Bill C-38 vs. Bill C-36: a study in contrasts*, as explained by Elizabeth May
by Joanna Smith, Ottawa Bureau
Green Party Leader Elizabeth May believes the Conservatives' motive for lumping together all sorts of legislative changes into the omnibus Bill C-38 is "to avoid scrutiny" and she made the case by comparing it to Bill C-36, also known as the Protecting Canada's Seniors Act.
The former, as you have undoubtedly heard before, is 425 pages.
The latter is four paragraphs.
Here is how May described the difference at a news conference on Parliament Hill in Ottawa on Monday morning, where she outlined why she had introduced more than 300 amendments to the federal budget implementation bill.
"Bill C-36, by the way, will get full scrutiny in Parliament. It goes to first reading, second reading, committee. We’ll have a lot of time on Bill C-36. It’s four paragraphs long. It amends one sub-clause of the Criminal Code. It’s not as though, for efficiency’s sake, Stephen Harper wants all laws compressed into one omnibus bill all the time. The ones he doesn’t want you to notice are compressed in an omnibus bill. The ones they want to put out in the front window, like C-36, has the grandiose title that it’s [the Protecting Canada's Seniors Act]. All it does, actually, is allow for at time of sentencing, a judge to consider the situation of the victim at the time of the assault. There is a lot I’d like to do to help seniors in this country against abuse, I don’t have any problem with C-36, but just in a contrast, C-36 is getting the full treatment of its own review in a committee, its own opportunity to have witnesses, and 70 bills are changed through C-38 with time allocation and running roughshod over hundreds of years of parliamentary tradition and democracy. This is the most egregious piece of legislation ever tabled, certainly in Canada, and they can’t expect us to roll over and play dead when this kind of outrage is put in front of us.”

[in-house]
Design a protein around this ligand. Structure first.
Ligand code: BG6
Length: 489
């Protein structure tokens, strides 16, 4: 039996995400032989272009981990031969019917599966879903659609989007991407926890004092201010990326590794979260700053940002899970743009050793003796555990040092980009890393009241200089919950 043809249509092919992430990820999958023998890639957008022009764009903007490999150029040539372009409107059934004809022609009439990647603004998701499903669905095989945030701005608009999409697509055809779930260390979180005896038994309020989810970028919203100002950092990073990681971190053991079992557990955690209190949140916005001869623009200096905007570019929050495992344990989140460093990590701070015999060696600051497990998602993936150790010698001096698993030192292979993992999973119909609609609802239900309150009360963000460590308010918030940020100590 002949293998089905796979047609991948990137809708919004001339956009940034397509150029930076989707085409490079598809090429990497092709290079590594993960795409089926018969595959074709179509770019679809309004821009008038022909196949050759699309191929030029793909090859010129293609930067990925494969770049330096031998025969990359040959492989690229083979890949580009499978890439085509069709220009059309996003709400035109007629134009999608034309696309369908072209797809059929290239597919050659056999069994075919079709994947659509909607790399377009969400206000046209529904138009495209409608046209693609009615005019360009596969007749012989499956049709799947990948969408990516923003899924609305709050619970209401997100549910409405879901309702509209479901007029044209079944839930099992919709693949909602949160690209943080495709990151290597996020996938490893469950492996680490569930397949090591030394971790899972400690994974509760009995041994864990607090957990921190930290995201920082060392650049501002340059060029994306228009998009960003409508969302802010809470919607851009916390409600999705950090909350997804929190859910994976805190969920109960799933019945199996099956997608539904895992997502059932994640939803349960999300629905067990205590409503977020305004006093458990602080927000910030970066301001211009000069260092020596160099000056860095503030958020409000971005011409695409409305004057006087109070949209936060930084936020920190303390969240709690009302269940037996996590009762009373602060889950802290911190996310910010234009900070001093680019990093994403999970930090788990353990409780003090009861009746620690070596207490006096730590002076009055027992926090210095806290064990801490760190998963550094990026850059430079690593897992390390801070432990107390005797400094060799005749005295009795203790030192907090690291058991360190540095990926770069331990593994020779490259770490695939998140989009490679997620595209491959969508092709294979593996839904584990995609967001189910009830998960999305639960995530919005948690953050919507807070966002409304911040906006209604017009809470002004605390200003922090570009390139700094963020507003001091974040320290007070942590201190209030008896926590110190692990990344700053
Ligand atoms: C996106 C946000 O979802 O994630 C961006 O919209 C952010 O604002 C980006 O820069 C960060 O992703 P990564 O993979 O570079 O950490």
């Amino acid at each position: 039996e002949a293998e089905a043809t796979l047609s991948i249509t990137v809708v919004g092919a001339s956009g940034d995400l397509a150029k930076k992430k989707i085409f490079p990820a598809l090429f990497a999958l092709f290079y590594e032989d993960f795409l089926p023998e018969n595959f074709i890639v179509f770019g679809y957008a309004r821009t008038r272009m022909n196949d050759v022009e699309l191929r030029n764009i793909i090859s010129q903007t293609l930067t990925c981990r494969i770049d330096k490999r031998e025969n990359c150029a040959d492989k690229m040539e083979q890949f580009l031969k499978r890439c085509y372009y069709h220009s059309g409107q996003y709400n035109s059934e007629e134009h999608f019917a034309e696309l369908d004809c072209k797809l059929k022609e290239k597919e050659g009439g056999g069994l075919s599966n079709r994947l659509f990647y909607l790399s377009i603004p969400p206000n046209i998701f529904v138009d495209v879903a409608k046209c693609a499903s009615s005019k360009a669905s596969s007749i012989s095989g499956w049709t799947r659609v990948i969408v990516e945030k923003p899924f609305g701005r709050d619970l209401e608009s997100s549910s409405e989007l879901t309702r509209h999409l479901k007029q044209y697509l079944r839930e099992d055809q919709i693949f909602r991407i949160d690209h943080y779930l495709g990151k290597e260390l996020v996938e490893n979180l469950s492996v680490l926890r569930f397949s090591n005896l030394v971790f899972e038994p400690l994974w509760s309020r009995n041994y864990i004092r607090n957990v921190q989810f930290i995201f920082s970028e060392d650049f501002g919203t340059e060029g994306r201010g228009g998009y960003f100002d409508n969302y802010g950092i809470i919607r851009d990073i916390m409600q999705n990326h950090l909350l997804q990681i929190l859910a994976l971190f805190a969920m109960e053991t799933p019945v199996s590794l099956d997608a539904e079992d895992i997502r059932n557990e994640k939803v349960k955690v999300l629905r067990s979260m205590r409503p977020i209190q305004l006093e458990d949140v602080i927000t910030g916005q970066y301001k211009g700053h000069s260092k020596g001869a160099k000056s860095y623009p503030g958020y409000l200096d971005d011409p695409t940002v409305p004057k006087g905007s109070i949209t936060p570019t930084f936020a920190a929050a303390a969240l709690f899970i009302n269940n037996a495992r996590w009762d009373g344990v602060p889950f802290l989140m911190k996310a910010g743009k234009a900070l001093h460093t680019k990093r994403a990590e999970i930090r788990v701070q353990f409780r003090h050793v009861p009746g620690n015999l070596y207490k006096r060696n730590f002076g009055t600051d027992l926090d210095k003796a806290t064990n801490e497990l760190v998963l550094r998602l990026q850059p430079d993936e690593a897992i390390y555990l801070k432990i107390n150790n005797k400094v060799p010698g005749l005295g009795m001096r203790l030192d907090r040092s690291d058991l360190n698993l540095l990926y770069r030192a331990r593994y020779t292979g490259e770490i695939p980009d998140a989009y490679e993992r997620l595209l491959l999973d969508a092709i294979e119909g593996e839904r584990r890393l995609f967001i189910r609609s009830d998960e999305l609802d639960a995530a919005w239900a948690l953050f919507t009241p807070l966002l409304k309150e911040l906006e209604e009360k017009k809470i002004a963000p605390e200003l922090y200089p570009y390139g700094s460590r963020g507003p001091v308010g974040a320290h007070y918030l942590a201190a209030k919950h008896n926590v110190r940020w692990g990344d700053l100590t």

*Yes, I am aware this is the most clichéd headline phrase of all time.